2024 Atlantic hurricane season expected to be above-normal, NOAA predicts

The frequency of storms may be higher this year, but that does not promise or determine that these storms will impact our communities directly.

Mike Rizzo

May 24, 2024, 4:49 PM

Updated 20 days ago

Share:

According to a recent forecast from the National Oceanic and Atmospheric Administration, this upcoming hurricane season is expected to forecast to be above normal with a total of 17-25 named storms. Normally, we see about 14 named storms per season.
Out of those named storms, 8-13 are predicted to become hurricanes categorized by winds of 74 mph or greater. Of those expected to become hurricanes, four to seven are expected to become “major hurricanes” which are identified as Category 3 or higher with winds of at least 111 mph.
This season’s above normal conditions are attributed to the presence of the following three features:
  1. La Niña – which slows the trade winds over the Atlantic Ocean. Slower trade winds weaken “shear” which is a feature that stints tropical cyclone development. Shear is defined by wind that may move too fast or change in direction with altitude.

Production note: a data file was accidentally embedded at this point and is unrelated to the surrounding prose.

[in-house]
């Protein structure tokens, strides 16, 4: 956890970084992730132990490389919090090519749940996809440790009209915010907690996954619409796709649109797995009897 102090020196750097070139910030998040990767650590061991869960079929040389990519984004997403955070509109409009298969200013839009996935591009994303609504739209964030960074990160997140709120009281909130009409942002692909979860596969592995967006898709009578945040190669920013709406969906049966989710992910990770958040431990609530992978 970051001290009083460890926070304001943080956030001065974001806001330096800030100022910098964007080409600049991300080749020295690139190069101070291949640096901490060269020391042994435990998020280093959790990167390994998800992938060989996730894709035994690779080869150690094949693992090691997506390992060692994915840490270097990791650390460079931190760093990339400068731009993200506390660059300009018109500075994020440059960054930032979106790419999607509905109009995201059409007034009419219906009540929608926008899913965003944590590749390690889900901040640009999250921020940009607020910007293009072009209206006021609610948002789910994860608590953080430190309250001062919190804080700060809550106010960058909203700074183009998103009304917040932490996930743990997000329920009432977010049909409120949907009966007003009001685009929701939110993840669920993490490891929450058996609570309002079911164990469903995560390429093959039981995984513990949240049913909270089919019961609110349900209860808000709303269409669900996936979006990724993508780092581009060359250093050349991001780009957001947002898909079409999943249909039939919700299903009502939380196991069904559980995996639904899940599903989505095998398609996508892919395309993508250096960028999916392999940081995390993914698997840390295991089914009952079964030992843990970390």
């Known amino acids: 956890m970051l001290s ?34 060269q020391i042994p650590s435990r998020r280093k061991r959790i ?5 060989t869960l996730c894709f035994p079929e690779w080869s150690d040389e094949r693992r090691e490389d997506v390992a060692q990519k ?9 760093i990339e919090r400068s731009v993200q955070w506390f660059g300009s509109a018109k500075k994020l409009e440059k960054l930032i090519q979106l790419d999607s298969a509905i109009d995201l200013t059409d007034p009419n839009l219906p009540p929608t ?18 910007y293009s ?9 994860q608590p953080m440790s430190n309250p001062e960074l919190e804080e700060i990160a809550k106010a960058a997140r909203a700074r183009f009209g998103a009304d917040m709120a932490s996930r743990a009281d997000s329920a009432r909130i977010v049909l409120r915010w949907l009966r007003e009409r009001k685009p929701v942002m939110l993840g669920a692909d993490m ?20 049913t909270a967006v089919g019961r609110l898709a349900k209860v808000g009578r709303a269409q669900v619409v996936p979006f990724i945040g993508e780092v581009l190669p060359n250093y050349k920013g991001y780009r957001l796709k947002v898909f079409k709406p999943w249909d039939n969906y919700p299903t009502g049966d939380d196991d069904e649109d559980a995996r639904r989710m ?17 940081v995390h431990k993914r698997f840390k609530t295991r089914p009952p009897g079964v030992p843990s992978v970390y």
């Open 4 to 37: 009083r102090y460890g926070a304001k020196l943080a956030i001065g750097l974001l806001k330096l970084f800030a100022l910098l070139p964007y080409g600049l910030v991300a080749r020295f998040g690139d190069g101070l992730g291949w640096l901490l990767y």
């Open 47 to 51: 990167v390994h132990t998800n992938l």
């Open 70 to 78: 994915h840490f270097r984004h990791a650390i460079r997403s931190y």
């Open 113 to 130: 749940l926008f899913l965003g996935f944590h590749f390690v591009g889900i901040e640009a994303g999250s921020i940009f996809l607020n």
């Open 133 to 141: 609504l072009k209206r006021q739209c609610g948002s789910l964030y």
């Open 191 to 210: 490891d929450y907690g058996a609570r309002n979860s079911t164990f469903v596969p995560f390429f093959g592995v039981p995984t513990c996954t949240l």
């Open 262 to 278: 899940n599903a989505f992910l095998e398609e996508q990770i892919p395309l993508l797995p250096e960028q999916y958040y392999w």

2. Sea temperatures – which are running at near-record warm temperatures. Warm oceans, especially waters over 80 degrees contains enough energy to help spark thunderstorm clusters that can produce tropical cyclones.
  3. African Monsoon – which is expected to run above normal, producing easterly winds that carry the right unstable conditions known to fuel longer-lived Atlantic hurricanes.
Given the attributes above, the more favorable conditions within the Atlantic Basin may incur a higher frequency of rapid intensification cycles within tropical cyclones that develop.
Rapid Intensification (RI) occurs when tropical cyclones move into an incredibly supportive environment with low wind shear, warm water temperatures, and high atmospheric humidity. Storms that undergo RI cycles can surprise forecasters as they usually overperform from calculated weather predictions. Fortunately, according to NOAA, there are new technologies to help better predict RI cycles that will be used in tropical cyclone forecasting this year: The Modular Ocean Model (MOM6) and SDCON model.
Currently, it is impossible to predict where the next landfalling hurricane will strike. Predictions for individual storms will depend on the conditions at the time of their formation and the then prevailing weather patterns influencing its track. Steering currents change throughout the year along with storms’ breeding grounds. However, it is incredibly important to be prepared for a landfalling hurricane every year – regardless of if the season runs above normal, at normal, or even below normal.
The frequency of storms may be higher this year, but that does not promise or determine that these storms will impact our communities directly.
Hurricane season runs from June 1 to Nov. 30 with the peak during the month of September.


More from News 12